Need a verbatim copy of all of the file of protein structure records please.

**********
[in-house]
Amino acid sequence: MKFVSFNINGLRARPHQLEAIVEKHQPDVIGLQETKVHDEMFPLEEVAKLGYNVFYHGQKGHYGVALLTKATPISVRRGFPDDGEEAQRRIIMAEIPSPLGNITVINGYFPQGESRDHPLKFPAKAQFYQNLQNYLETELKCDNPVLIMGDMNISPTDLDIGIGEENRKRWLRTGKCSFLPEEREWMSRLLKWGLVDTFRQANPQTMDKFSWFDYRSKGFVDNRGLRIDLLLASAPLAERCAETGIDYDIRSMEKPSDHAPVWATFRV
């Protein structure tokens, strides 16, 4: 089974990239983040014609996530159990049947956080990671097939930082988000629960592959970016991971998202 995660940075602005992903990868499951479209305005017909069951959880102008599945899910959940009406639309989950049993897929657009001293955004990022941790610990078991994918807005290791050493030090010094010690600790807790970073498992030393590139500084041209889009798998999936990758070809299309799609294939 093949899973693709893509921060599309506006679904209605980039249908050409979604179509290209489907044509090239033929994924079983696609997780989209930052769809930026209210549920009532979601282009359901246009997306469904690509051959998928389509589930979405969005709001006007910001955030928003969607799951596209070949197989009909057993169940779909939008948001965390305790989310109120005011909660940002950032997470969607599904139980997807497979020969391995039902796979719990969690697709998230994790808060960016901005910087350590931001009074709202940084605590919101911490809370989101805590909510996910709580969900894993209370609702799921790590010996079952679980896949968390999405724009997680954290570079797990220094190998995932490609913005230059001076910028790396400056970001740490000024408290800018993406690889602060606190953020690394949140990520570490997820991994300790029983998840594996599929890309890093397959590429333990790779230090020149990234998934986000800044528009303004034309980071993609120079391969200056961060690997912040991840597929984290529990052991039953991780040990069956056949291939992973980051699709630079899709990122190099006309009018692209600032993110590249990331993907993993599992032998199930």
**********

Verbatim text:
[in-house]
Amino acid sequence: MKFVSFNINGLRARPHQLEAIVEKHQPDVIGLQETKVHDEMFPLEEVAKLGYNVFYHGQKGHYGVALLTKATPISVRRGFPDDGEEAQRRIIMAEIPSPLGNITVINGYFPQGESRDHPLKFPAKAQFYQNLQNYLETELKCDNPVLIMGDMNISPTDLDIGIGEENRKRWLRTGKCSFLPEEREWMSRLLKWGLVDTFRQANPQTMDKFSWFDYRSKGFVDNRGLRIDLLLASAPLAERCAETGIDYDIRSMEKPSDHAPVWATFRV
């Protein structure tokens, strides 16, 4: 089974990239983040014609996530159990049947956080990671097939930082988000629960592959970016991971998202 995660940075602005992903990868499951479209305005017909069951959880102008599945899910959940009406639309989950049993897929657009001293955004990022941790610990078991994918807005290791050493030090010094010690600790807790970073498992030393590139500084041209889009798998999936990758070809299309799609294939 093949899973693709893509921060599309506006679904209605980039249908050409979604179509290209489907044509090239033929994924079983696609997780989209930052769809930026209210549920009532979601282009359901246009997306469904690509051959998928389509589930979405969005709001006007910001955030928003969607799951596209070949197989009909057993169940779909939008948001965390305790989310109120005011909660940002950032997470969607599904139980997807497979020969391995039902796979719990969690697709998230994790808060960016901005910087350590931001009074709202940084605590919101911490809370989101805590909510996910709580969900894993209370609702799921790590010996079952679980896949968390999405724009997680954290570079797990220094190998995932490609913005230059001076910028790396400056970001740490000024408290800018993406690889602060606190953020690394949140990520570490997820991994300790029983998840594996599929890309890093397959590429333990790779230090020149990234998934986000800044528009303004034309980071993609120079391969200056961060690997912040991840597929984290529990052991039953991780040990069956056949291939992973980051699709630079899709990122190099006309009018692209600032993110590249990331993907993993599992032998199930």